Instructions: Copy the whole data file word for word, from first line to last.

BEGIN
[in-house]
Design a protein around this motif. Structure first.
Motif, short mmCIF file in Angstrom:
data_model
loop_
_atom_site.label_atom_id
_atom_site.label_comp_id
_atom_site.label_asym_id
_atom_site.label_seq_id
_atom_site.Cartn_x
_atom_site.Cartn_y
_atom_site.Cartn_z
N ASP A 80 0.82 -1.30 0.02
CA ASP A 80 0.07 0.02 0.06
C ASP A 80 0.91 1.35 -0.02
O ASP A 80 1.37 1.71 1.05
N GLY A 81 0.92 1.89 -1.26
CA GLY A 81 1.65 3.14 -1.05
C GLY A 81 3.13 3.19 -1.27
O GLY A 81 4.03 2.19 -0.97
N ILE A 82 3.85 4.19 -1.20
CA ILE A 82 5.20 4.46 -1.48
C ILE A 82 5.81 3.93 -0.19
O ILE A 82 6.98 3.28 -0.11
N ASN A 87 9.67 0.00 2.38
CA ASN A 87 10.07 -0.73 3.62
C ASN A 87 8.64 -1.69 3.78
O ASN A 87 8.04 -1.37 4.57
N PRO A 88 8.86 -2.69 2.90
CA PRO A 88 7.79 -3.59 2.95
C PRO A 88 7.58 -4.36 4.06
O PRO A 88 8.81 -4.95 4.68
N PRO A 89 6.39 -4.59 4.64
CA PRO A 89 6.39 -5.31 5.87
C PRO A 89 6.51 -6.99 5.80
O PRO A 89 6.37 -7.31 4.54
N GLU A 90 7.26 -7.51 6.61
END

[in-house]
Design a protein around this motif. Structure first.
Motif, short mmCIF file in Angstrom:
data_model
loop_
_atom_site.label_atom_id
_atom_site.label_comp_id
_atom_site.label_asym_id
_atom_site.label_seq_id
_atom_site.Cartn_x
_atom_site.Cartn_y
_atom_site.Cartn_z
N ASP A 80 0.82 -1.30 0.02
CA ASP A 80 0.07 0.02 0.06
C ASP A 80 0.91 1.35 -0.02
O ASP A 80 1.37 1.71 1.05
N GLY A 81 0.92 1.89 -1.26
CA GLY A 81 1.65 3.14 -1.05
C GLY A 81 3.13 3.19 -1.27
O GLY A 81 4.03 2.19 -0.97
N ILE A 82 3.85 4.19 -1.20
CA ILE A 82 5.20 4.46 -1.48
C ILE A 82 5.81 3.93 -0.19
O ILE A 82 6.98 3.28 -0.11
N ASN A 87 9.67 0.00 2.38
CA ASN A 87 10.07 -0.73 3.62
C ASN A 87 8.64 -1.69 3.78
O ASN A 87 8.04 -1.37 4.57
N PRO A 88 8.86 -2.69 2.90
CA PRO A 88 7.79 -3.59 2.95
C PRO A 88 7.58 -4.36 4.06
O PRO A 88 8.81 -4.95 4.68
N PRO A 89 6.39 -4.59 4.64
CA PRO A 89 6.39 -5.31 5.87
C PRO A 89 6.51 -6.99 5.80
O PRO A 89 6.37 -7.31 4.54
N GLU A 90 7.26 -7.51 6.61